Portland DSA

1982 Portland Democratic Socialists of America Steering Committee members , Beverly Stein, Bill Thomas, Nancy Becker, Judi Watts, Pat Hayes, Rhys Scholes, Natasha Beck, Fred Heutte, Gretchen Kafoury[9]

Reagan years

NAM's work was hindered by changes instituted by President Ronald Reagan. According to Stein;[10]

Another part of the answer to your question is the political repression that started up once Reagan came into office. In 1980, I led a legal team defending people doing civil disobedience at the Trojan Nuclear Plant out of Legal Aid, the local Legal Services program.
But in ’80, when Reagan got elected, he attacked all kinds of organizing that came out of Legal Services, so I quit because I knew what I was doing was going to get them in trouble. That kind of support, both for our work, and through our work, to the community, was cut away.

Street theater scam

Portland NAM did a lot of street theater and music as well, through the People’s Power Players.[11]

The People’s Power Players came out of a grant Beverly Stein wrote out of Legal Aid.

The federal government funded that one.

Left unity attempts

Rhys Scholes, Marcia Barrentine, Nancy Becker, Scott Bailey, and Beverly Stein were all involved in the Alliance for Social Change, which was a failed effort at left unity, and that was followed by the Oregon Alliance for Progressive Policy, which was a second failed attempt at left unity.[12]

Working in the Democratic Party

In the early 1980s, when a merger with Portland's Democratic Socialist Organizing Committee was building, Beverly Stein and her comrades began looking seriously at the Democratic Party;[13]

It was at that point that we adopted the inside-outside strategy: working inside the Democratic Party, but also outside, building a movement. So we didn’t abandon that commitment to building a movement.

Merging with DSOC

Beverly Stein became a co-chair of Portland Democratic Socialists of America afer the DSOC/NAM merger in 1982.[14]

I remember our first joint meeting, and everybody was nervous and looking around. And at the end of the meeting, Dick Celsi (a DSOC member) raised his hand and said, “Do any of you guys play bridge?” And [in NAM] we had this long-standing Sunday night socialist bridge club, and we said, “Well, sure.” And that was our first joint project, and something of an icebreaker as well.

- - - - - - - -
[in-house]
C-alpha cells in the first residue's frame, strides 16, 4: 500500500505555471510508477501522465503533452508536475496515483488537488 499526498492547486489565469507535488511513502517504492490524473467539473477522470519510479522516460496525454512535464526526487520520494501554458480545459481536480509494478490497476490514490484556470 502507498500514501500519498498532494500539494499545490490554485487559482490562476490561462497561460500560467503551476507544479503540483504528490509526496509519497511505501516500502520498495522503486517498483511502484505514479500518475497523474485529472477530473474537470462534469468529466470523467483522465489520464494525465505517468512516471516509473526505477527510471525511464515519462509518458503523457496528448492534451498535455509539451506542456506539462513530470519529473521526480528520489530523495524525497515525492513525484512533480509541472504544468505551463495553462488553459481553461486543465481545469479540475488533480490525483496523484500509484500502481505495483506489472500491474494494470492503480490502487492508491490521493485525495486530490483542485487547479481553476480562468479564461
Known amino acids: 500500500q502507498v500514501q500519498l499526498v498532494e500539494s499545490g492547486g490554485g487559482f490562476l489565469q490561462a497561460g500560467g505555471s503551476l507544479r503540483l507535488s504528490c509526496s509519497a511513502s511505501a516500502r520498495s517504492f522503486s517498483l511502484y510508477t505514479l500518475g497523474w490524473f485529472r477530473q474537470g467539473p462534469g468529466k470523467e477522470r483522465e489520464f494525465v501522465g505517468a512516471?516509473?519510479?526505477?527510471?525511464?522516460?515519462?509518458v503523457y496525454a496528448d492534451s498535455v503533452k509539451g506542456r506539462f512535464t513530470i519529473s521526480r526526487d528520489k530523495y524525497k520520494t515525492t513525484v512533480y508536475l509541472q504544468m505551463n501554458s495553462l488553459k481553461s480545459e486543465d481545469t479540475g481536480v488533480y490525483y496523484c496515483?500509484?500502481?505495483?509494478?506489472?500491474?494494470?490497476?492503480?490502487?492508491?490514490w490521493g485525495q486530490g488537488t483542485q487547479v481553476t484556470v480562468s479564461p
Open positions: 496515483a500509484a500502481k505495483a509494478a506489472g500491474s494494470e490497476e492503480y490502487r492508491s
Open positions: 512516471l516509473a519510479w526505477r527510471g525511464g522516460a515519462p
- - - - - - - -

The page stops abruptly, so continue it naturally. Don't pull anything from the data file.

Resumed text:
The way we merged was to make Bill Thomas and I cochairs of the DSA chapter.

State legislature run

In 1988, Beverly Stein successfully ran, as a Democrat, for the Oregon State legislature;

That’s what makes me think that we still had an active chapter when I ran for the legislature, because we consciously were saying, “Beverly looks like someone who can actually pull it off, so let’s do it.” I mean, I was a nobody. Everyone thought, “She’ll never win, she’s a socialist.” But all my friends were organizers, and we ran the best community-based campaign that anyone had ever seen at that point.

About that time DSA ceased to be a major force in Portland.

Moving into the Democratic Party, was part of an inside-out strategy;[15]

Well, part of it was this inside-outside strategy. As we moved towards working with the Democratic Party, we saw electoraltics as being a more effective way to focus our energy. But I always talked about, even then, creating an inside-outside movement.
When I was in office, I would help organize people outside, to organize against me, or to support what I was doing. But NAM carried on long after that. When I ran for governor, I would have people coming up to me all over the state from other NAM chapters, saying, “I remember nyou from NAM,” and they would be automatically on board. There was a Eugene chapter, there was Corvallis chapter, one in Klamath Falls, and another in Albany.

DSA Feminist Commission

In 1985[16] and 1986,[17] Beverly Stein of Oregon was listed as a member of the Feminist Commission of the Democratic Socialists of America.

DSA National Convention

Speakers at the Democratic Socialists of America 2nd National Convention, in Berkeley California, included: Nicaraguan Foreign Minister, Fr. Miguel D'Escoto, Mpho Tutu, daughter of SA Anglican Bishop, Desmond Tutu, Marta Petrusewicz, Barbara Ehrenreich, Rep. Ron Dellums, Elinor Glenn, Michael Harrington, Harold Meyerson, Paulette Pierce, David Plotke, Jim Shoch, Beverly Stein, Mel Pritchard, Jim Jacobs, Dolores Delgado Campbell, Guy Molyneux, Cornel West, Gail Radford.[18]

DSA Elected Representatives, 1990

Democratic Left, Jan. 1990, page 7

As of January 1990, Democratic Socialists of America members holding elected public office included;[19]

Still a socialist?

Beverly Stein told a 2008 interviewer;[20]

I hold a lot of the values that I held as a socialist, and I still have the same outrage at inequalities, but I don’t talk about socialism anymore. It just seems to be something that people don’t get, and the world’s changed.

References